I raised a related question but hope to get some answer using the nonvanishing 2 form definition.

Let P be the real projective plane obtained by identifying antipodal points on the unit sphere of $R^3$.

How to prove that P is nonorientable by showing that any 2 form on P will vanish somewhere?

My idea is to consider the closed curve $a(t)=(\cos t,\sin t, 0)$ , $0 \leq t \leq \pi$

This curve is closed in P and the tangent vectors $a'(0)$ and $a'(\pi)$ are identical.

However, for a vector field V on $a(t)$ defined by $V(a(t))=(0,0,1)$, the tangent vectors at $a(0)$ and $a(\pi)$ differ by a sign. Also V and $\alpha'(t)$ are always linearly independent.

For any 2 form $u$ on P,

$u(a'(0), V(a(0))=-u(a'(\pi), V(a(\pi))$ Therefore $u$ must vanish somewhere on the curve.

Is the constant vector field V continuous on the curve? Are my arguments right?


If $\omega $ is a nonzero two form on $P$ then define $\pi^\ast \omega$ on $S^2$ where $\pi : S^2\rightarrow P$. Note that $$ \pi^\ast \omega(e_1,e_2)=\omega (d\pi e_1,d\pi e_2)\neq 0$$ where $\{ e_1,e_2\}$ is indepedent.

This implies that $\pi^\ast \theta$ is nonzero form on $S^2$. And note that $$ (\pi^\ast \omega)_p (e_1,e_2) = (\pi^\ast \omega)_{-p}(-e_1,-e_2)\neq 0 $$

Let $N$ is unit normal on $S^2$ and $\theta = (N,\ )$

Then $(\pi^\ast \omega)\wedge\theta$ is a nonzero three form. If $\{ (1,0,0),e,N \}$ is an orthnormal frame along $c(t)=( 0,\sin\ t,\cos\ t),\ 0\leq t\leq \pi$, and if $e(0)=(0,1,0)$, then $$ (\pi^\ast \omega \wedge \theta )_{c(t)} ((1,0,0),e,N)\neq 0 $$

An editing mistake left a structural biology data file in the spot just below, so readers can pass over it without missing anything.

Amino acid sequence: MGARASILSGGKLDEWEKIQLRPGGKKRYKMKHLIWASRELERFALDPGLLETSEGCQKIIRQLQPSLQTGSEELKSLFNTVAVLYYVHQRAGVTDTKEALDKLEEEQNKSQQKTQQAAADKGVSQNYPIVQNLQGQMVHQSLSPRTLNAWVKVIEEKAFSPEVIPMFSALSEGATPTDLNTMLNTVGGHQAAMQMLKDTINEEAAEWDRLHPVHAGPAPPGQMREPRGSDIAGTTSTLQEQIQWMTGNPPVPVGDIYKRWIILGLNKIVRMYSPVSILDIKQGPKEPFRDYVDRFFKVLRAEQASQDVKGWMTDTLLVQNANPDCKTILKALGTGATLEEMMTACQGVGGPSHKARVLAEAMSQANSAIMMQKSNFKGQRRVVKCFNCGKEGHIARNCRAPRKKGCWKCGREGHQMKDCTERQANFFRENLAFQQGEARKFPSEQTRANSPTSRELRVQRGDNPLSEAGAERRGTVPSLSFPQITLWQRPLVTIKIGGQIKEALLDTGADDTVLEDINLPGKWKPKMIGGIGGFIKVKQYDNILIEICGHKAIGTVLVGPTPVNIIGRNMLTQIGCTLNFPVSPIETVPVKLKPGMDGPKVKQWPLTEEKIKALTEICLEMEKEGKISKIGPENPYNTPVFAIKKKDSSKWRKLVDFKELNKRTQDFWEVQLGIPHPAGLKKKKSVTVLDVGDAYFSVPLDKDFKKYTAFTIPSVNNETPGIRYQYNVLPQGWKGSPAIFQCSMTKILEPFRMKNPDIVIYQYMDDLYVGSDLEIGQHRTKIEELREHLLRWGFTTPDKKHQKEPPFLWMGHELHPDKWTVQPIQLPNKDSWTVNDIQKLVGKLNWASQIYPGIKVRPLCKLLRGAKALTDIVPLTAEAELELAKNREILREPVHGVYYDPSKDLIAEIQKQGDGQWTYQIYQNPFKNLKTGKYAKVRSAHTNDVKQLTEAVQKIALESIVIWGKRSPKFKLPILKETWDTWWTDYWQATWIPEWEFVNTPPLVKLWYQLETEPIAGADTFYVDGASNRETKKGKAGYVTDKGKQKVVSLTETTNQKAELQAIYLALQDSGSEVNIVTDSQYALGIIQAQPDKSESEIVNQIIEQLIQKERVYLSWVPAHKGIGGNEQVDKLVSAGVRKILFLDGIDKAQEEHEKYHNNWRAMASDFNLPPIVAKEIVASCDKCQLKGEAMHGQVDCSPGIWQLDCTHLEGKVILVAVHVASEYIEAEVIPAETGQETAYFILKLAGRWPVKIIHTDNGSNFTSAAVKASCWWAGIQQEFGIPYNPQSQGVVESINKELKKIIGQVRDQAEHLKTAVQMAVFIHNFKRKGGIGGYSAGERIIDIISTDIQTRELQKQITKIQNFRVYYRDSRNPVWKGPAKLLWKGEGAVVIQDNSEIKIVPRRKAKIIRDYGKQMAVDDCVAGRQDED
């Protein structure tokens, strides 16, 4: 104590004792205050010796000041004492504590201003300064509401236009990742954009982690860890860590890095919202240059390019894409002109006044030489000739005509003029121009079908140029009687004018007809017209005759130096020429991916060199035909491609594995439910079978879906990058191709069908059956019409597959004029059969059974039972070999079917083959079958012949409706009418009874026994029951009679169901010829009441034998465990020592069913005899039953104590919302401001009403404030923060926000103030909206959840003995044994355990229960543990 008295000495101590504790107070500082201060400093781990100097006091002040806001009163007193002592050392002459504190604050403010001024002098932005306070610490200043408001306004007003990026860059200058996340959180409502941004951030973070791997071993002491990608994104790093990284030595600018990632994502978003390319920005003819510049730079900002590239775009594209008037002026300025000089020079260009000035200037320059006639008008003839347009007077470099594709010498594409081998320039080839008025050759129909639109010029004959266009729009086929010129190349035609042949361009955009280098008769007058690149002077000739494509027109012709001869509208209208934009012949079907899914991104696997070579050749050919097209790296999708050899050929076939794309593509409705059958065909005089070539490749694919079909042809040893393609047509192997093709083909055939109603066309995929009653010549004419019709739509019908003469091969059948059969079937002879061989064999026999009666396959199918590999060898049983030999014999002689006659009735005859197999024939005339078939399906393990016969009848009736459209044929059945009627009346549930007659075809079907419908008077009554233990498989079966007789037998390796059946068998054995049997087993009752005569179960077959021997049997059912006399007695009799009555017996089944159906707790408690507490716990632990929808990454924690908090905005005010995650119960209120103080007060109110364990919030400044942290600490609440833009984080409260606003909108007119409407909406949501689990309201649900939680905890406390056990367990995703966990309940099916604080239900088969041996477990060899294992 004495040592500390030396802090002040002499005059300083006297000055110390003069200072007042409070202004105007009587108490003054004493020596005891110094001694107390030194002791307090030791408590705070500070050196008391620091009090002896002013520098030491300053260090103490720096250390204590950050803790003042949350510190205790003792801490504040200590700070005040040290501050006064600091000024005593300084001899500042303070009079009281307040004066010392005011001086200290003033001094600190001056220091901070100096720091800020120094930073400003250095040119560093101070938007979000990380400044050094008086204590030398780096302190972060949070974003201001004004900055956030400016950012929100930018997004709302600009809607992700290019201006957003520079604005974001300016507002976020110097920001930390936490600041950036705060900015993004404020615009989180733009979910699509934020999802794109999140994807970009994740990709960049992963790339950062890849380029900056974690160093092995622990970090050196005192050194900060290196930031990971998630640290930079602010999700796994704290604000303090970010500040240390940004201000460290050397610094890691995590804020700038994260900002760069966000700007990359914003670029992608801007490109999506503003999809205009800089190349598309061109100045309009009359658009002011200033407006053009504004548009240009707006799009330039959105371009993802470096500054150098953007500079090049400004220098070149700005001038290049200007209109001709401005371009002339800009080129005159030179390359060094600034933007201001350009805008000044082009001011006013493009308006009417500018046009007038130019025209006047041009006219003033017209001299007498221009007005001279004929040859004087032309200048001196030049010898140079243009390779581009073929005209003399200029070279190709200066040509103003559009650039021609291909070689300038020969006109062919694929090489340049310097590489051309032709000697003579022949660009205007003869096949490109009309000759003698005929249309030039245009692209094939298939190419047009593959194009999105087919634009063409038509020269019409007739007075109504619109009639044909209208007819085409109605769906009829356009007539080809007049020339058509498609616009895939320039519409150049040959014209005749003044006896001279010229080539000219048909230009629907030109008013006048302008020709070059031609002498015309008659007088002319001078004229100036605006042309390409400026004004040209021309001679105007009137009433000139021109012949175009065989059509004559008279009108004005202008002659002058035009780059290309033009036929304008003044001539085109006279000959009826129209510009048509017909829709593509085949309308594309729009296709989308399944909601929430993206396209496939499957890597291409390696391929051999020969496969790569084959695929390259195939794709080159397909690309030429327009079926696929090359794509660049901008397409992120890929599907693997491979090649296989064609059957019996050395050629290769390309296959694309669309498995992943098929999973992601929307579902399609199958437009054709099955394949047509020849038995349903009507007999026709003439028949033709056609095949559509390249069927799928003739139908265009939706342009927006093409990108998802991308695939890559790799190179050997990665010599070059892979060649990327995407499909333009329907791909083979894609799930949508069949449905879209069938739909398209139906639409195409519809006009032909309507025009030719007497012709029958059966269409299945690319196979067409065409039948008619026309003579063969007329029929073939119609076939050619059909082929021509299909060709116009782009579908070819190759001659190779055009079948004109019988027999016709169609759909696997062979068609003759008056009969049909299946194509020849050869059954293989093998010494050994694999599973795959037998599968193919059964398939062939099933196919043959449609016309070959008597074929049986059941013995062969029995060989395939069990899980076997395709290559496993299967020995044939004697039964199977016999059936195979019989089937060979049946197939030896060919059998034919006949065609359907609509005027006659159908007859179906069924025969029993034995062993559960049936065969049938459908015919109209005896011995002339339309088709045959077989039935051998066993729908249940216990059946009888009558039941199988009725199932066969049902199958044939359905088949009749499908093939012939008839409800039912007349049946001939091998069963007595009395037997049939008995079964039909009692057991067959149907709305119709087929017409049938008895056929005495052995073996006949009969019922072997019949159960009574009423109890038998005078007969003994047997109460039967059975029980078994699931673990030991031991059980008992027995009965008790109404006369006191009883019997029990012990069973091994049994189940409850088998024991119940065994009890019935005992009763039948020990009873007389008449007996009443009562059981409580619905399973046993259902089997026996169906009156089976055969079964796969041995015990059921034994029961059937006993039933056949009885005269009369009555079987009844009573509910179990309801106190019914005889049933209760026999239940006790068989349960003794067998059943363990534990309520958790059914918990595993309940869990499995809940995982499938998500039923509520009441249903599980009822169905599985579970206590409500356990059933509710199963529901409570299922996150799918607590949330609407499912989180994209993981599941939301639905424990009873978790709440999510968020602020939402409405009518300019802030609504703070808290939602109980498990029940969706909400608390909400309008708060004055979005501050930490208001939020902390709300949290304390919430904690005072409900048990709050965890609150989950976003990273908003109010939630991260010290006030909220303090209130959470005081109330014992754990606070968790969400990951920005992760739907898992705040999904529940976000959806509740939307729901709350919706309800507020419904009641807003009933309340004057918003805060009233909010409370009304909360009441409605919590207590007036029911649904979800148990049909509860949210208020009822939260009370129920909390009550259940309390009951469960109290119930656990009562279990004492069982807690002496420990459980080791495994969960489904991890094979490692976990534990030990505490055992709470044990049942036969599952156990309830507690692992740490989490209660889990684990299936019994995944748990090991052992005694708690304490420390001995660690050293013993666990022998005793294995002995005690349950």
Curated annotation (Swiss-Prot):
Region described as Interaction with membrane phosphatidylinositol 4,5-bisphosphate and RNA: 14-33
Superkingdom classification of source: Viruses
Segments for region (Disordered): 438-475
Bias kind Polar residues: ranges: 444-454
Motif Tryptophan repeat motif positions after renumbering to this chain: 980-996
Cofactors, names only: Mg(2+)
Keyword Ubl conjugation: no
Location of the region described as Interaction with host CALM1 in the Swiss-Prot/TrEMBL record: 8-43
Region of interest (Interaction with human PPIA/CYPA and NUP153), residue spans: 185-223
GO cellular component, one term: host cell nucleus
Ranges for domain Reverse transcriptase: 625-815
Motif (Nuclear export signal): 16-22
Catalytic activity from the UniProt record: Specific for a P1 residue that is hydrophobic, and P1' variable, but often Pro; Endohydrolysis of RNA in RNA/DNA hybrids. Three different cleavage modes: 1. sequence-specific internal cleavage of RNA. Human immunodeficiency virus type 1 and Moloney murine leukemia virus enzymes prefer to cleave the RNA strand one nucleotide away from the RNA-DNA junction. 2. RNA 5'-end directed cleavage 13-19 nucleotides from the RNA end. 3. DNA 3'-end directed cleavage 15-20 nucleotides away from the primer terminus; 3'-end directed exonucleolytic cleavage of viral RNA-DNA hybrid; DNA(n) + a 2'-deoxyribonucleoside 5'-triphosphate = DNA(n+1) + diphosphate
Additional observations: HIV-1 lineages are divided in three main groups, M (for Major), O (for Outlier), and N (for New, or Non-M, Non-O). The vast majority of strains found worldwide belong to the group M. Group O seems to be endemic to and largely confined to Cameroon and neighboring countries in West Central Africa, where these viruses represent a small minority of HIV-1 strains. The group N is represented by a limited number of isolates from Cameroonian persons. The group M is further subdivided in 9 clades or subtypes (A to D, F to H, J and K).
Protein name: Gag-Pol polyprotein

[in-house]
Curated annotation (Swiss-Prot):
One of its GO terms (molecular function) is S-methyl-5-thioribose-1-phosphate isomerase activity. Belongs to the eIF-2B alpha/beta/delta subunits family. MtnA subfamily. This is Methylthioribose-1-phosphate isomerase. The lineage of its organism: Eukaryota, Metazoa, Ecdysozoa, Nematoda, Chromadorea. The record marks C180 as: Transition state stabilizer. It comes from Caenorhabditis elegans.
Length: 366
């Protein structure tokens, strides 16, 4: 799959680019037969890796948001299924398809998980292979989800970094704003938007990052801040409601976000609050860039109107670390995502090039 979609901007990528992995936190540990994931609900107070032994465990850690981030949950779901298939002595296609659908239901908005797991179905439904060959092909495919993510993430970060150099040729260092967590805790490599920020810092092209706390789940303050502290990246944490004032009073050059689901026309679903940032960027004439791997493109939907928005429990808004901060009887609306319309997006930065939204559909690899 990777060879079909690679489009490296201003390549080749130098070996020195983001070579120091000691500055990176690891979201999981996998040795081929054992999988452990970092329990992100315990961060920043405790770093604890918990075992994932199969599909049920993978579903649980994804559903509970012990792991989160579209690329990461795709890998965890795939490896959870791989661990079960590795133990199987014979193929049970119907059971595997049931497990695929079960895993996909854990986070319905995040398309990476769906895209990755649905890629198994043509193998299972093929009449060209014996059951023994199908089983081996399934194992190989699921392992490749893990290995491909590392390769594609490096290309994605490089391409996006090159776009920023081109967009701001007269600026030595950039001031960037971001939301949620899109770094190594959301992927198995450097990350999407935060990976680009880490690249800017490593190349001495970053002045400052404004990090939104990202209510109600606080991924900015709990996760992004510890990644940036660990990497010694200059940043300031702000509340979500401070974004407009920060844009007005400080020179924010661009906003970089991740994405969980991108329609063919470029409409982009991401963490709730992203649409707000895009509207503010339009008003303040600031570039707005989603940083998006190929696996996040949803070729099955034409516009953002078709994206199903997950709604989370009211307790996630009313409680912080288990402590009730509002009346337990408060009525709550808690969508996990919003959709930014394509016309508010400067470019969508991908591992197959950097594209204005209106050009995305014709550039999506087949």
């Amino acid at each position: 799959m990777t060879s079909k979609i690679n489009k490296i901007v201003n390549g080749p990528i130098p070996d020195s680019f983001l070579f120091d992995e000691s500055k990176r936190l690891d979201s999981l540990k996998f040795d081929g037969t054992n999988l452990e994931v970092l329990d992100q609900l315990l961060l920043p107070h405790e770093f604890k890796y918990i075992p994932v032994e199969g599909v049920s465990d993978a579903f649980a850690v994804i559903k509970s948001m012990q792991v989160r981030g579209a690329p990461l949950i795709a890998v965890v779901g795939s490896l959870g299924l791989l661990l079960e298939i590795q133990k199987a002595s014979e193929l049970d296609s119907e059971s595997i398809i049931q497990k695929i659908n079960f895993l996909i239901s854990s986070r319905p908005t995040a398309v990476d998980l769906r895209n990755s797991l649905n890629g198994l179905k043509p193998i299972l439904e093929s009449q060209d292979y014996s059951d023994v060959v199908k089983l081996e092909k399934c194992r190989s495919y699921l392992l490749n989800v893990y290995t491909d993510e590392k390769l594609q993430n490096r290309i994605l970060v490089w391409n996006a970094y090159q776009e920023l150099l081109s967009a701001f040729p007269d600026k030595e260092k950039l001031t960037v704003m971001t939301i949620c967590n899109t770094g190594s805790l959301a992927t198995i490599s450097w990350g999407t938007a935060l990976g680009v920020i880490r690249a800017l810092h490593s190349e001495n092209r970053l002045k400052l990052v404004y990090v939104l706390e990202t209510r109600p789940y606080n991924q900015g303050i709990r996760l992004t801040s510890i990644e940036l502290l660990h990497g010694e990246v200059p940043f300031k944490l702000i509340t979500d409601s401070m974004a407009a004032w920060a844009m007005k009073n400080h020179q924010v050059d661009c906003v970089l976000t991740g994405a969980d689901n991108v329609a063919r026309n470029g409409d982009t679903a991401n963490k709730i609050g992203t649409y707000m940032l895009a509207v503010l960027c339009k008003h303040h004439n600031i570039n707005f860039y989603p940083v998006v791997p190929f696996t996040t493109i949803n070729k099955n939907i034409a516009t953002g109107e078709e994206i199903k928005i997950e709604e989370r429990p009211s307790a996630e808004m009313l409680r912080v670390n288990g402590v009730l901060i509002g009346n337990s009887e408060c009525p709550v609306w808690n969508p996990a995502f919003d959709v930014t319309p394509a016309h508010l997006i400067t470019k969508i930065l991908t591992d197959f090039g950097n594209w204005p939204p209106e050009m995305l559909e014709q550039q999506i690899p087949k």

So $(\pi^\ast \omega)_{c(0)} ((1,0,0),(0,1,0))$ and $(\pi^\ast \omega )_{c(\pi)} ((1,0,0),(0,-1,0))$ have same sign. So $$e_1=(1,0,0),\ e_2=(0,1,0),\ p=(0,0,1),\ (\pi^\ast \omega)_p (e_1,e_2) (\pi^\ast \omega)_{-p}(e_1,-e_2)>0 $$ It is a contradiction.

  • $\begingroup$ I do not understand the last 4 lines $\endgroup$ – noot Oct 15 '13 at 16:38
  • $\begingroup$ Note that $\pi^\ast \omega\wedge \theta$ is nonzero three form since $\pi^\ast \omega$ is a nonzero two from on tangent space of sphere and $\theta$ is dual of $N$. And $\{ (1,0,0),e, N\}$ is linearly independent. $\endgroup$ – HK Lee Oct 15 '13 at 16:43
  • $\begingroup$ can you just use 2 form? i need to prove it with 2 form. $\endgroup$ – noot Oct 15 '13 at 16:47
  • $\begingroup$ how to derive your last equation $\endgroup$ – noot Oct 15 '13 at 16:50

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